About Me

Ithaca, New York
MWF, now officially 42, loves long walks on the beach and laughing with friends ... oh, wait. By day, I'm a mid-level university administrator reluctant to be more specific on a public forum. Nights and weekends, though, I'm a homebody with strong nerdist leanings. I'm never happier than when I'm chatting around the fire, playing board games, cooking up some pasta, and/or road-tripping with my family and friends. I studied psychology and then labor economics in school, and I work in higher education. From time to time I get smug, obsessive, or just plain boring about some combination of these topics, especially when inequality, parenting, or consumer culture are involved. You have been warned.

Monday, January 24, 2011

#10 - The Gendarme

The Gendarme, by Mark T. Mustian (New York: G.P. Putnam's Sons, 2010)

Summary: "What would you do if the love of your life, and all your memories, were lost -- only to reappear, but with such shocking revelations that you wish you had never remembered?

"Emmett Conn is an old man, near the end of his life. A World War I veteran, he's been affected by memory loss since being injured during the war. To those around him, he's simply confused, fading in and out of senility. But what they don't know is that Emmett has been beset by memories, of events he and others have denied or purposefully forgotten.

"In Emmett's dreams he's a gendarme, escorting Armenians from Turkey. A young woman among them, Araxie, captivates and enthralls him. But then the trek ends, the war separates them. He is injured. Seven decades later, as his grasp on the boundaries between past and present begins to break down, Emmett sets out on a final journey, to find Araxie and beg her forgiveness."

Opening Line: "I awake in a whispering ambulance."

My Take: A good story, but didn't quite live up to the potential it suggested at first. I'm reminded of one oft-offered criticism of the movie Julie & Julia: that Meryl Streep's performance as Julia Child was so compelling, the contemporary storyline featuring Amy Adams as the underemployed blogger seemed lacking by comparison. So it is here. By itself, the account of young Turkish Ahmet's service as a gendarme, overseeing the Armenian deportation to Syria, and then deserting the army to follow Araxie, the young Armenian woman who's somehow captivated him, is serviceable enough, albeit not completely convincing. As is almost always true of war stories involving genocide, the Turkish treatment of the Armenians was unimaginably brutal; we see this hear in Ahmet's descriptions of his comrades' behavior, and we simply don't learn enough about who he was before joining the army to know why he'd be any different. Why, then, does he become so enchanted with Araxie that he believes himself in love with her? Even more implausibly, why does Araxie seem to return his affections to some degree, when he's attempted to rape her and murdered her adoptive father in cold blood? And how, exactly, does Ahmet Khan find himself returned to the battlefield, wounded at Gallipoli, and eventually swept off by an American nurse to his new life as Emmett Conn?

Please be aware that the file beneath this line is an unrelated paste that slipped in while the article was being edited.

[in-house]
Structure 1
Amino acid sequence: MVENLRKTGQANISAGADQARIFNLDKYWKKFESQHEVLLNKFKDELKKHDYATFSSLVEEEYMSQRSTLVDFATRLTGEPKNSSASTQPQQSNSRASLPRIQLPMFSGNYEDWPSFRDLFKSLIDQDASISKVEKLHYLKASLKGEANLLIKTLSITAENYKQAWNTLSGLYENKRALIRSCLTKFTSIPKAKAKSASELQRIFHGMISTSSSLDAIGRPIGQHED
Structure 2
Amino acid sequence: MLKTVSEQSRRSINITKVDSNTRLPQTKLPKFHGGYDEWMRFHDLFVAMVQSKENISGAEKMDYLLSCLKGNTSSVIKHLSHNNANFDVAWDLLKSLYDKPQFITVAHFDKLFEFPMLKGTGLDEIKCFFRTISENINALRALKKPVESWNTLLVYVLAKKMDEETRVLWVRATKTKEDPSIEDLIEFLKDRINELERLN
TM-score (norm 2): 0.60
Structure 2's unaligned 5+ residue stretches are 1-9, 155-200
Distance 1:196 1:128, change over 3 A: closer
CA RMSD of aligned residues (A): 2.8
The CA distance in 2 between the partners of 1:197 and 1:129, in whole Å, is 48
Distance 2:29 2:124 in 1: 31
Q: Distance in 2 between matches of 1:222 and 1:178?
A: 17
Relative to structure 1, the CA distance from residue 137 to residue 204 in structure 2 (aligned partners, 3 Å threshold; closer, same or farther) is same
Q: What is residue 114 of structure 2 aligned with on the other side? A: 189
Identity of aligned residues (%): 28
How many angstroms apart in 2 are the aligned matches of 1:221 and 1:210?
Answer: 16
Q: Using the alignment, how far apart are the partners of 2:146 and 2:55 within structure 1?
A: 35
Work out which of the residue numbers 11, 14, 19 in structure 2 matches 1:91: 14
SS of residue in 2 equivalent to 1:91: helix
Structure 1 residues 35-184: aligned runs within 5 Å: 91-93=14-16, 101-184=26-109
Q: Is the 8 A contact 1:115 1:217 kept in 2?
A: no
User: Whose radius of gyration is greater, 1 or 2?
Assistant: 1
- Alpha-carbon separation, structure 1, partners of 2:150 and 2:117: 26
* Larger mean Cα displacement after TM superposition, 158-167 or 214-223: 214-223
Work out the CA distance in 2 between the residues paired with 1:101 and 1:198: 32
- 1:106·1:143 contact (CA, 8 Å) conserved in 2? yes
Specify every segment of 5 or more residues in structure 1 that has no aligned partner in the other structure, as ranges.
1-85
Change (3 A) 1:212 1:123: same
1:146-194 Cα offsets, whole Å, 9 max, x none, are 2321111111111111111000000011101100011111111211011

Surprisingly, it's the story of 92-year-old Emmett, set in Georgia in 1990, that's far more captivating. Having lost his wife Carol (the aforementioned American nurse) to Parkinson's disease some years earlier, Emmett is alone, though daughter Violet visits often. At the novel's outset, he learns from the irrepressibly positive Dr. Wan that he's suffering from a brain tumor. Violet, Dr. Wan, and nearly everyone else in Emmett's orbit is quick to blame the tumor for the seizures and visions Emmett's been having, but in fact, Emmett is merely remembering, even reliving, his past. Violet and the doctors just assume these dreams need to stop, but Emmett needs them somehow -- desperate to remember who he was and what he did during the war, however shameful it may be, and to find out what became of Araxie. Ultimately, he is confined to a state psychiatric hospital for monitoring, but refuses medication after but one night when he realizes it suppresses his dreams.

Again, the elderly Emmett's story is well-written and gives the reader a lot to chew on, but I was left feeling like I myself was confused and drifting in and out of the story line. Perhaps this was deliberate on Mustian's part, but it seemed more like there were just plain pieces left out of the puzzle. It's the author's first novel, so I'm inclined to think maybe he just hasn't hit his stride yet. Be that as it may, I still think the book was a bit overrated. The horrors of war have been done many times before in literature; making the perpetrator an old man who now looks back with some horror on what he's done is an interesting spin, but doesn't by itself overcome the novel's shortcomings. In short, liked the book well enough, but wasn't overwhelmed.

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